By Ann McCreary

A faulty valve on a Twisp water storage tank resulted in a large volume of municipal water lost last month.

The leak was discovered in a reservoir on the Lloyd industrial property, one of three tanks that store Twisp’s municipal water.  By the time it was located, “a staggering 19 acre-feet” of water had flowed out of the tank and subsequently recharged back into the aquifer, said Howard Moss, public works superintendent.

An acre-foot equals 325,851 gallons, so the total amount of water that escaped the tank is about 6,191,177 gallons.

The reservoir was improperly designed and was built about four feet lower in elevation than the other two reservoirs, which are located on the bench above town known as School Hall Hill, Moss said. Water pumped to the reservoirs would fill the tank on the east side of the Methow River more quickly than the others.

To deal with the initial design flaw, an underground altitude valve was installed to control the tank from overflowing. There was no telemetry designed to warn if the valve failed, Moss said.

Without the valve to prevent the tank from overfilling, water spilled from it into a large underground drywell located nearby.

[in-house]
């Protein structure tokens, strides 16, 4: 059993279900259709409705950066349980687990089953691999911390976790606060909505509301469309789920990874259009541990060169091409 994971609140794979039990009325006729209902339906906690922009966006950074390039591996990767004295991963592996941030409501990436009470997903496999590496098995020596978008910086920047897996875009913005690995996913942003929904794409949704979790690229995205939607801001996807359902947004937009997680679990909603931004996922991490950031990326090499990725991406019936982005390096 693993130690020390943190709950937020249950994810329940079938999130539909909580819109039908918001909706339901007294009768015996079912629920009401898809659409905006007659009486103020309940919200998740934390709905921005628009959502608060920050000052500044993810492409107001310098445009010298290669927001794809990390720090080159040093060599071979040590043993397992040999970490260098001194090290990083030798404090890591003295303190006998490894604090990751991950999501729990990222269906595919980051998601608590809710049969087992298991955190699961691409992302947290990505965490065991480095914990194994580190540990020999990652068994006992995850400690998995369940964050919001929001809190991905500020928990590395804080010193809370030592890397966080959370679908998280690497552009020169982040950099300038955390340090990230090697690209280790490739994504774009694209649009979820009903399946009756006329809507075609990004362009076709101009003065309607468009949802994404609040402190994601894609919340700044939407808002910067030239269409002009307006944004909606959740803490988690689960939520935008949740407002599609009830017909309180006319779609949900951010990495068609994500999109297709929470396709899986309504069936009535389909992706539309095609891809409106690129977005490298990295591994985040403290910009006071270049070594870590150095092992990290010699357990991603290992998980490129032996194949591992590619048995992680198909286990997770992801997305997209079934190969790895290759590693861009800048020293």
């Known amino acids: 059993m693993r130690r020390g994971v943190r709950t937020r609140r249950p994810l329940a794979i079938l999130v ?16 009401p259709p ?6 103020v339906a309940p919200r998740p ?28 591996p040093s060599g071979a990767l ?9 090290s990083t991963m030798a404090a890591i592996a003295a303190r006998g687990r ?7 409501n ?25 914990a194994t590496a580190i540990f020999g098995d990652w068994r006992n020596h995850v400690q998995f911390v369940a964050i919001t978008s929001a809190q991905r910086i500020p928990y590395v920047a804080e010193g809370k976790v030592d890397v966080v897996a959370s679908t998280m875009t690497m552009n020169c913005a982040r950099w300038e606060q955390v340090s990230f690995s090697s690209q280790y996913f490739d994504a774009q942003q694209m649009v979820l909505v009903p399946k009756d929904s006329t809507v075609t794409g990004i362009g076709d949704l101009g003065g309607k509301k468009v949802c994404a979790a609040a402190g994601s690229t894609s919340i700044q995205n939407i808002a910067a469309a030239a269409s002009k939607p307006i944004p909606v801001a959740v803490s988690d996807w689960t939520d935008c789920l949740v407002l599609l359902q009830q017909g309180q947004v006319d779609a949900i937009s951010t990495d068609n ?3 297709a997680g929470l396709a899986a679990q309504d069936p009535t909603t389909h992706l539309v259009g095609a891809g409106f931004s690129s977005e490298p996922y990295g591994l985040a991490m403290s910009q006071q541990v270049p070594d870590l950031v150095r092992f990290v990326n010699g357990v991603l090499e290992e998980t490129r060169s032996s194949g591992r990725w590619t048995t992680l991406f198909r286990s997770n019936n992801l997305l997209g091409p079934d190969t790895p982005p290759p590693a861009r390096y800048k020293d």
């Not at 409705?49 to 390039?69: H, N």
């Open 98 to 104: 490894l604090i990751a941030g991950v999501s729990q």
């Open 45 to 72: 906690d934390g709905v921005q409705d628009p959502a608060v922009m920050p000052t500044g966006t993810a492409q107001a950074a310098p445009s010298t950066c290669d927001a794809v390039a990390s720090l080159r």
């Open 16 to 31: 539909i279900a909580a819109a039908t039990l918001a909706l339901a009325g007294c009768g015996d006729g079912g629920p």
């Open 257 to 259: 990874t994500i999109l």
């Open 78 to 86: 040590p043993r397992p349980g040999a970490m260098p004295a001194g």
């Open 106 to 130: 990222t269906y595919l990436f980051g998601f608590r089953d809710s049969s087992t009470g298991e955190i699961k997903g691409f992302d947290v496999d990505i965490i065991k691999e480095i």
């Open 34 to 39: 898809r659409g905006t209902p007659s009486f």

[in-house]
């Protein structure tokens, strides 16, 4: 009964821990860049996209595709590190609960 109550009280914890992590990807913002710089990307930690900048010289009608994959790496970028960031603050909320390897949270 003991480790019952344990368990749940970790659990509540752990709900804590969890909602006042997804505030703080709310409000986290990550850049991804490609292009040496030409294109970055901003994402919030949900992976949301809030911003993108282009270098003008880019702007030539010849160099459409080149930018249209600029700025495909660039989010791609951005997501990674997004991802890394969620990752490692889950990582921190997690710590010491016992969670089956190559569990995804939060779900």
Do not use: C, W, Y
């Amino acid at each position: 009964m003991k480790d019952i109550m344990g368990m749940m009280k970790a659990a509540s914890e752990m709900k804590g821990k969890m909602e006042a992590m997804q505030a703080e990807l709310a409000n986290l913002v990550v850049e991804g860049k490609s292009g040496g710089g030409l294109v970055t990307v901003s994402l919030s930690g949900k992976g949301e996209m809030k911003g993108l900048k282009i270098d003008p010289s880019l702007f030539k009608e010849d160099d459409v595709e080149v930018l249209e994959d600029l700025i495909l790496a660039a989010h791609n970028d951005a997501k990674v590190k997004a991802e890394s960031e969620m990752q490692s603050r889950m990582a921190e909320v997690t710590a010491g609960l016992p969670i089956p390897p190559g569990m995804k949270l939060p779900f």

Public Works officials noticed higher-than-normal municipal water use in March, and began looking for potential leaks.

“I suspect the valve began to fail in March and completely failed around the first of May,” Moss said in a report to the Town Council.

“I have implemented an inspection program in order to prevent it from occurring in the future,” Moss said.

Since Moss became the public works superintendent in 2010, the department has made numerous repairs to the town’s aging water system, including locating and fixing two large underground leaks in 2011 that amounted to a loss of about 60 acre-feet a year. 

The water system improvements have allowed Twisp to dramatically reduce its municipal water use in the past two years and stay within its state allocation of water.